This small lever on the bottom of the mixer is every old school DJ’s best friend. Basically, the crossfader is simply the lever that balances the mix level of two tracks in the line out. The more it goes on the left, the more the left track is privileged (and viceversa).
Nowadays, crossfader lost part of its importance, even if it is still used a lot. When “we” (meant as DJs) used to play with vinyls, the crossfader was essential for the mix. With the arrival of the CDJs during the 90s that lever was partially substituted with the track volume levers, that allow a deeper and independent control of the mix level for each playing track. With the latest technologies made of pendrives and mp3s and controllers (not going into how much I don’t like ’em) crossfader became a vestigial organ of the mixer, something still present because of its usage but actually not used exception made for hip hop DJs.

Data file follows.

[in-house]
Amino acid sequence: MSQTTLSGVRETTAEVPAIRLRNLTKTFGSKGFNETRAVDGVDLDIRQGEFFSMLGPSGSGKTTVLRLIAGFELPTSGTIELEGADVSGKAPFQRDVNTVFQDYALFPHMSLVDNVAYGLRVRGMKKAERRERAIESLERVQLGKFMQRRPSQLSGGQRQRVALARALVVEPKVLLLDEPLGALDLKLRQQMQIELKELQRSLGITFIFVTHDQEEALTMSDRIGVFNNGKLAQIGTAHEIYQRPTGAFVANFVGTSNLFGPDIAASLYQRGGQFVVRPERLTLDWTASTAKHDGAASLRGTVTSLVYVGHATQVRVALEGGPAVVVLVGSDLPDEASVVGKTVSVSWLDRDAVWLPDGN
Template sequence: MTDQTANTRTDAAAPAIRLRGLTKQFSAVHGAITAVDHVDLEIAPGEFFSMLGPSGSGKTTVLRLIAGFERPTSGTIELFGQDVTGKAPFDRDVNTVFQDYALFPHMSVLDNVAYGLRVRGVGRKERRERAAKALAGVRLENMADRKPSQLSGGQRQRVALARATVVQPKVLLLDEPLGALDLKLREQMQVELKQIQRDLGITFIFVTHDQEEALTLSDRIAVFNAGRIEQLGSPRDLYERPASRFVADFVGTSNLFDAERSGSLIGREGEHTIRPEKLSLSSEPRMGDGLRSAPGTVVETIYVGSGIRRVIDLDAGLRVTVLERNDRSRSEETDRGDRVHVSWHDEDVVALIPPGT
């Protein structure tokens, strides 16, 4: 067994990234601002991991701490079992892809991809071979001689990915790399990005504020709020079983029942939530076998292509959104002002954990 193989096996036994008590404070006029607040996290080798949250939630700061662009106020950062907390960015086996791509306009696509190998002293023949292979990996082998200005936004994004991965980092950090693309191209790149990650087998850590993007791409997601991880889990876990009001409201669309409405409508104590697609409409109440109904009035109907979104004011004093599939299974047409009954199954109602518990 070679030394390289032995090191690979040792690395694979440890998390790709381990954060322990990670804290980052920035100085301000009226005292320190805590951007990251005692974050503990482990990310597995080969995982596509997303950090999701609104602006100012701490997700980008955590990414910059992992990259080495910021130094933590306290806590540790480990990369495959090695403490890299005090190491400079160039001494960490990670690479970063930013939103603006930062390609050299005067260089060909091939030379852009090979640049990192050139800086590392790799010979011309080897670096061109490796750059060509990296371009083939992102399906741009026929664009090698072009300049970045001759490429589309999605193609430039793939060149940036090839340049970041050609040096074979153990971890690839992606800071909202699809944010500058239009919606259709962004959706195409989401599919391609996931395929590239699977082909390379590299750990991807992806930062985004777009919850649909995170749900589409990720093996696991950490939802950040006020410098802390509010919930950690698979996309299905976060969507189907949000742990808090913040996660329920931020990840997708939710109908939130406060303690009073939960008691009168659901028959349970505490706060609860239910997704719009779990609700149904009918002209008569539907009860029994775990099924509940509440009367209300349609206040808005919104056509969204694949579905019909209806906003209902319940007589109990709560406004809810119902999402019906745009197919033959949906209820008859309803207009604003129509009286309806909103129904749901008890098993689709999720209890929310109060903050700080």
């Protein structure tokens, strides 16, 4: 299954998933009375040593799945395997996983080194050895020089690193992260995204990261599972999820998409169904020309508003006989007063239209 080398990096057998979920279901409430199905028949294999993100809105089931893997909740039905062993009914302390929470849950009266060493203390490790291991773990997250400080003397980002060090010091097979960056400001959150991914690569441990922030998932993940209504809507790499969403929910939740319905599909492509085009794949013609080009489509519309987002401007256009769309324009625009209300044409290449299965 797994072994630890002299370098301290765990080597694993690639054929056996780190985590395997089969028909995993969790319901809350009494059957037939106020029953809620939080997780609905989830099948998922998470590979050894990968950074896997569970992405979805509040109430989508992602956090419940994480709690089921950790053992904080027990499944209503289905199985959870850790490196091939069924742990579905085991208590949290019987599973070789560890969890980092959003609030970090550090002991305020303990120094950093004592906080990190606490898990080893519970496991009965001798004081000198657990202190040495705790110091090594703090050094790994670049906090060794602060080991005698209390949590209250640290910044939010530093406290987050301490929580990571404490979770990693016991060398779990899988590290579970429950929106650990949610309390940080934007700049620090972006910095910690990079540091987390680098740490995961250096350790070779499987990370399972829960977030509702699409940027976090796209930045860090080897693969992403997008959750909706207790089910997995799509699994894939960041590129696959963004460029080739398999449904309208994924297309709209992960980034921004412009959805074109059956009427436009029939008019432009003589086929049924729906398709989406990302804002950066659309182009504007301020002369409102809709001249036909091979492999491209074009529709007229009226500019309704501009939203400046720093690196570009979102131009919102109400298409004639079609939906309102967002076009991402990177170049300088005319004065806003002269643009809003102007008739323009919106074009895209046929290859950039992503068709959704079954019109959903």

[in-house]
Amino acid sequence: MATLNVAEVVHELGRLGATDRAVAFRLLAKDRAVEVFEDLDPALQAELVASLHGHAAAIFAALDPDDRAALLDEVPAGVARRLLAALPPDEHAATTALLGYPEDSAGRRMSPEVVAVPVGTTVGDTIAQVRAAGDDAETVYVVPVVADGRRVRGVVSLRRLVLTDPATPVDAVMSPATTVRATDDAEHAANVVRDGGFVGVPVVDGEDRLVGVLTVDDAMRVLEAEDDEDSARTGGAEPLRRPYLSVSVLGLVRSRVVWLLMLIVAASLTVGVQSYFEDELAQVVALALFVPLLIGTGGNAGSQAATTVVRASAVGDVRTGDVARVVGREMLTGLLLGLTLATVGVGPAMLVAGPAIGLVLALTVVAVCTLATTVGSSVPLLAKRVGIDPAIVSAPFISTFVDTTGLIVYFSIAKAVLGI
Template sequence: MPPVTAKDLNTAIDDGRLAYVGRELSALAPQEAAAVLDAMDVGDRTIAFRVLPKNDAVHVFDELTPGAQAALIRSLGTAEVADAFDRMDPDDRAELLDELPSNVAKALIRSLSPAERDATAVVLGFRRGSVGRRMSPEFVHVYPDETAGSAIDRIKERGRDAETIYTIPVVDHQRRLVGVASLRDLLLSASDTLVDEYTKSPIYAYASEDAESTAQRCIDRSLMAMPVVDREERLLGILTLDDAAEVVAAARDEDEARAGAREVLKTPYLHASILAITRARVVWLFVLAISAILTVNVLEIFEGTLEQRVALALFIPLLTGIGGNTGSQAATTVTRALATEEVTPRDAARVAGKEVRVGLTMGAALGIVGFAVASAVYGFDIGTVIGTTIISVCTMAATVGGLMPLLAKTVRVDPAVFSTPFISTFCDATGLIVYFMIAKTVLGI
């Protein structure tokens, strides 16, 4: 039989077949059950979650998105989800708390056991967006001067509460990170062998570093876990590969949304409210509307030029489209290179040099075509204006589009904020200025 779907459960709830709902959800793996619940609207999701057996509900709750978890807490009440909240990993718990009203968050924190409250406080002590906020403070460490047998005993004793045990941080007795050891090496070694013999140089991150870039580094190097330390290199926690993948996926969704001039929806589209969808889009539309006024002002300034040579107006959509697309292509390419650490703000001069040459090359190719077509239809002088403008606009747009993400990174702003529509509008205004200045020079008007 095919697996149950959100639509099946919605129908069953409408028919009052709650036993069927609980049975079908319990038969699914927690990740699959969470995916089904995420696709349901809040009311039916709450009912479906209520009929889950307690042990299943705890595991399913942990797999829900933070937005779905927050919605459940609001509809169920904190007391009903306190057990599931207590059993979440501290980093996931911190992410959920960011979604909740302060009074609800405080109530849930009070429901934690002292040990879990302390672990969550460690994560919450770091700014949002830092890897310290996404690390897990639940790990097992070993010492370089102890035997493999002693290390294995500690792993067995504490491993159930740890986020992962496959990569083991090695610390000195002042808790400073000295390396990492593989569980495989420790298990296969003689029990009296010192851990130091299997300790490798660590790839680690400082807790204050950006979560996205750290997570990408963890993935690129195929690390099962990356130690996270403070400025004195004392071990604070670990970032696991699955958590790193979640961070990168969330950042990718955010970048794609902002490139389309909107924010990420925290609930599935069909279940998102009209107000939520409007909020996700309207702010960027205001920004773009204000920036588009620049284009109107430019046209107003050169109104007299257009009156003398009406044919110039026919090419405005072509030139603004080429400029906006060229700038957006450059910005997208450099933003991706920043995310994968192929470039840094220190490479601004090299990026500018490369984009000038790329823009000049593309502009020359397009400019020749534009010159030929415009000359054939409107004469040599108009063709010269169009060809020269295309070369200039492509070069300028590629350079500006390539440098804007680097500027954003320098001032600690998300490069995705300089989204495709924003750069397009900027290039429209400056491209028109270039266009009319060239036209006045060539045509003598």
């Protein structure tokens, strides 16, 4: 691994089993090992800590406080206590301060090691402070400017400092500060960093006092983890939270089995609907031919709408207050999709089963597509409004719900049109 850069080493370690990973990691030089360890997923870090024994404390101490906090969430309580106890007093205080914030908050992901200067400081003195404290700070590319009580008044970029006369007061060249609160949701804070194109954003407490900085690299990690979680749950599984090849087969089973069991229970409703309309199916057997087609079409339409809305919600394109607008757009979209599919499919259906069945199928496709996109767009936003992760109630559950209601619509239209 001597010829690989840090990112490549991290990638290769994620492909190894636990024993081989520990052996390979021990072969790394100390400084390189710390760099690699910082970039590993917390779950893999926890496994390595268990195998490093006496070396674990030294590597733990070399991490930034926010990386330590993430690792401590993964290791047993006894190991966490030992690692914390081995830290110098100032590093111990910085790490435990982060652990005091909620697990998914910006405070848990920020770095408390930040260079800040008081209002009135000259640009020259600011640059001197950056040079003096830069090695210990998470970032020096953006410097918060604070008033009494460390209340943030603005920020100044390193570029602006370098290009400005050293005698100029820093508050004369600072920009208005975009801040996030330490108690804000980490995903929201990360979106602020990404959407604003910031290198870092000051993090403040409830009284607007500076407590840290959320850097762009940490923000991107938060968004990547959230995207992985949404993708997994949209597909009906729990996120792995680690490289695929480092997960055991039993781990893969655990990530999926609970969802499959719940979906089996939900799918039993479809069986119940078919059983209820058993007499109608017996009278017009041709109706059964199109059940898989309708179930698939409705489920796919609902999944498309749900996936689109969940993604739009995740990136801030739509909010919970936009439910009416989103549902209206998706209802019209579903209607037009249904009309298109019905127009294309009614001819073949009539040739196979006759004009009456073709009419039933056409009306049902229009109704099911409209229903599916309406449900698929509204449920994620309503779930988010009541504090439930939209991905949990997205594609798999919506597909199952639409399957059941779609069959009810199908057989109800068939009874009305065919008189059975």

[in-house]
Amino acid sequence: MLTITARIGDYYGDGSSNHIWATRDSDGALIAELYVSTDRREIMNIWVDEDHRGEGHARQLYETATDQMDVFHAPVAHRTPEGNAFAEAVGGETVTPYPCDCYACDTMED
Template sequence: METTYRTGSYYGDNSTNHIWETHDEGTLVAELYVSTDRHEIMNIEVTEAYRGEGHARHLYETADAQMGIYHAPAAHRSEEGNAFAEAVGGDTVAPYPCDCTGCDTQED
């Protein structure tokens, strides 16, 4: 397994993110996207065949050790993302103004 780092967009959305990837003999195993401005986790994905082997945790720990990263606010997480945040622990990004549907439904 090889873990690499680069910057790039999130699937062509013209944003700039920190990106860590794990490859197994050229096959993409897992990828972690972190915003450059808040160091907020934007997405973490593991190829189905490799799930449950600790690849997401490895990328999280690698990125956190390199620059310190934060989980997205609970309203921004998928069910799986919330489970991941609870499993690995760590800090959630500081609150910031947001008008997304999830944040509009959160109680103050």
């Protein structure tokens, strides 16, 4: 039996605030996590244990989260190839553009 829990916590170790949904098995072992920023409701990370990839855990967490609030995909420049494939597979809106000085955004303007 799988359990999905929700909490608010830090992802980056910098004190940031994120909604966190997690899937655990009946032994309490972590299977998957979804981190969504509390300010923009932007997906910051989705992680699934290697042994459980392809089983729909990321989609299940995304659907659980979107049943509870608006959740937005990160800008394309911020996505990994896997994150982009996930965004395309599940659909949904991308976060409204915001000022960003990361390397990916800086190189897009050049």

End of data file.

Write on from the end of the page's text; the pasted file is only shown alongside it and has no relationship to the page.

Crossfader is what allowed and allows DJs to perform heavy scratch sessions. With one hand you hold the vinyl or the spinpad, with the other you hold the crossfader. Usually, when you go for a scratch you also move the crossfader to give a “wave” effect to the output. More details of this can be found in the video I’m linking here!
That’s all folks, less sync more scratch!